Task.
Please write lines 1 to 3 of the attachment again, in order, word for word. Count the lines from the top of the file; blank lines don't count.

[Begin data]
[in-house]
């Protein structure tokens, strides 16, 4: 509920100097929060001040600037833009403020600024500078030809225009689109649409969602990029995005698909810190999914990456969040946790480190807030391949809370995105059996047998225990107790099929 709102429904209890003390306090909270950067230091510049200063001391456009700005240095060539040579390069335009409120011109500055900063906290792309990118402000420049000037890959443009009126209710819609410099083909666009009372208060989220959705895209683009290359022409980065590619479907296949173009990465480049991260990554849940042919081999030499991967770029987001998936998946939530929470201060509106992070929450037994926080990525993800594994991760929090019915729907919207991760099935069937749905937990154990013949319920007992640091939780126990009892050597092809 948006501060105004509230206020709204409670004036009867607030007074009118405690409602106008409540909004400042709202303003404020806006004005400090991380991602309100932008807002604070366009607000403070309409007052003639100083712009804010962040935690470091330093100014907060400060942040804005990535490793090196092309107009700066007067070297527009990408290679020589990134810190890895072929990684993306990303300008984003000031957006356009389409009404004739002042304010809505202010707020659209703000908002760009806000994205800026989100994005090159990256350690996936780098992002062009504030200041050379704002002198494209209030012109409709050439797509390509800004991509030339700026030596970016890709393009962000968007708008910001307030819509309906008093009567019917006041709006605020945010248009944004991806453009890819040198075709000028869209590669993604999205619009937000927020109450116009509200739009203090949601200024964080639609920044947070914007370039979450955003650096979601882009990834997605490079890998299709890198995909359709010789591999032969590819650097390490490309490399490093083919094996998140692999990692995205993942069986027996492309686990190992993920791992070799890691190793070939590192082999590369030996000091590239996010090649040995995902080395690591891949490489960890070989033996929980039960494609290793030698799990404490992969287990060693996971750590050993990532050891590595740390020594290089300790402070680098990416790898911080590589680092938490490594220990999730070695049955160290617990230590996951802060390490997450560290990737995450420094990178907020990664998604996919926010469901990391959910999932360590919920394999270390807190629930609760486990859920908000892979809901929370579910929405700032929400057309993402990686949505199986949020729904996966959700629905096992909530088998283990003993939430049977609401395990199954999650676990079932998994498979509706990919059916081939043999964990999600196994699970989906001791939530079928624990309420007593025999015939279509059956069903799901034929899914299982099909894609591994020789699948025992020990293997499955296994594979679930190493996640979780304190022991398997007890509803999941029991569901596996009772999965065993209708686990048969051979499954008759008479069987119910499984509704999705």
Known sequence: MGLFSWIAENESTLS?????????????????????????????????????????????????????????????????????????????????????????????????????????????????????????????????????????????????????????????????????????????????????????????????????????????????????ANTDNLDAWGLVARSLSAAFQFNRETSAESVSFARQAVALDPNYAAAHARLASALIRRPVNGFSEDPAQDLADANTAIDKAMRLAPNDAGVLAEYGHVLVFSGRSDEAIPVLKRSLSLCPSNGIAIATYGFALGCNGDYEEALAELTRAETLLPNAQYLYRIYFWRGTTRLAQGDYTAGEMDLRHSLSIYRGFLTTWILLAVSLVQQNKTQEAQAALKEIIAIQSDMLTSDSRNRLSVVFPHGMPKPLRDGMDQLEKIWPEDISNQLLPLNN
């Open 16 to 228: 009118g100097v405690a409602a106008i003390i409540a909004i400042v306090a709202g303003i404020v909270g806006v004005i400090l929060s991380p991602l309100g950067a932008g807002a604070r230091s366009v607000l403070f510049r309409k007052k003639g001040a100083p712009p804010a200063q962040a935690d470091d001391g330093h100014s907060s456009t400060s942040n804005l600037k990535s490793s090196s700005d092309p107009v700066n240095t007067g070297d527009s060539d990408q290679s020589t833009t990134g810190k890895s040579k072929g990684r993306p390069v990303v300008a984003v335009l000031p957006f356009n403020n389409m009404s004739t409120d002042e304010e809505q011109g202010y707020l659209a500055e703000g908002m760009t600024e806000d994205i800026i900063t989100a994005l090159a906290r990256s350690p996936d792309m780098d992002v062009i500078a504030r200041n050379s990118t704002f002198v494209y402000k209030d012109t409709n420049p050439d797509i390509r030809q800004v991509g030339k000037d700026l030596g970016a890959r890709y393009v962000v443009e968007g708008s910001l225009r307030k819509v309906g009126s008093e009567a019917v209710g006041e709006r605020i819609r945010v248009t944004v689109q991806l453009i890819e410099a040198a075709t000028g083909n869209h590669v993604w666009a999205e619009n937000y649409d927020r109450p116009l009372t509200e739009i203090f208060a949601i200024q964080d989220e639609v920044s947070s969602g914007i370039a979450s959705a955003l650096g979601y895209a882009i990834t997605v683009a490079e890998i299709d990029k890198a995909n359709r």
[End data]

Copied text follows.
[in-house]
């Protein structure tokens, strides 16, 4: 509920100097929060001040600037833009403020600024500078030809225009689109649409969602990029995005698909810190999914990456969040946790480190807030391949809370995105059996047998225990107790099929 709102429904209890003390306090909270950067230091510049200063001391456009700005240095060539040579390069335009409120011109500055900063906290792309990118402000420049000037890959443009009126209710819609410099083909666009009372208060989220959705895209683009290359022409980065590619479907296949173009990465480049991260990554849940042919081999030499991967770029987001998936998946939530929470201060509106992070929450037994926080990525993800594994991760929090019915729907919207991760099935069937749905937990154990013949319920007992640091939780126990009892050597092809 948006501060105004509230206020709204409670004036009867607030007074009118405690409602106008409540909004400042709202303003404020806006004005400090991380991602309100932008807002604070366009607000403070309409007052003639100083712009804010962040935690470091330093100014907060400060942040804005990535490793090196092309107009700066007067070297527009990408290679020589990134810190890895072929990684993306990303300008984003000031957006356009389409009404004739002042304010809505202010707020659209703000908002760009806000994205800026989100994005090159990256350690996936780098992002062009504030200041050379704002002198494209209030012109409709050439797509390509800004991509030339700026030596970016890709393009962000968007708008910001307030819509309906008093009567019917006041709006605020945010248009944004991806453009890819040198075709000028869209590669993604999205619009937000927020109450116009509200739009203090949601200024964080639609920044947070914007370039979450955003650096979601882009990834997605490079890998299709890198995909359709010789591999032969590819650097390490490309490399490093083919094996998140692999990692995205993942069986027996492309686990190992993920791992070799890691190793070939590192082999590369030996000091590239996010090649040995995902080395690591891949490489960890070989033996929980039960494609290793030698799990404490992969287990060693996971750590050993990532050891590595740390020594290089300790402070680098990416790898911080590589680092938490490594220990999730070695049955160290617990230590996951802060390490997450560290990737995450420094990178907020990664998604996919926010469901990391959910999932360590919920394999270390807190629930609760486990859920908000892979809901929370579910929405700032929400057309993402990686949505199986949020729904996966959700629905096992909530088998283990003993939430049977609401395990199954999650676990079932998994498979509706990919059916081939043999964990999600196994699970989906001791939530079928624990309420007593025999015939279509059956069903799901034929899914299982099909894609591994020789699948025992020990293997499955296994594979679930190493996640979780304190022991398997007890509803999941029991569901596996009772999965065993209708686990048969051979499954008759008479069987119910499984509704999705």
Known sequence: MGLFSWIAENESTLS?????????????????????????????????????????????????????????????????????????????????????????????????????????????????????????????????????????????????????????????????????????????????????????????????????????????????????ANTDNLDAWGLVARSLSAAFQFNRETSAESVSFARQAVALDPNYAAAHARLASALIRRPVNGFSEDPAQDLADANTAIDKAMRLAPNDAGVLAEYGHVLVFSGRSDEAIPVLKRSLSLCPSNGIAIATYGFALGCNGDYEEALAELTRAETLLPNAQYLYRIYFWRGTTRLAQGDYTAGEMDLRHSLSIYRGFLTTWILLAVSLVQQNKTQEAQAALKEIIAIQSDMLTSDSRNRLSVVFPHGMPKPLRDGMDQLEKIWPEDISNQLLPLNN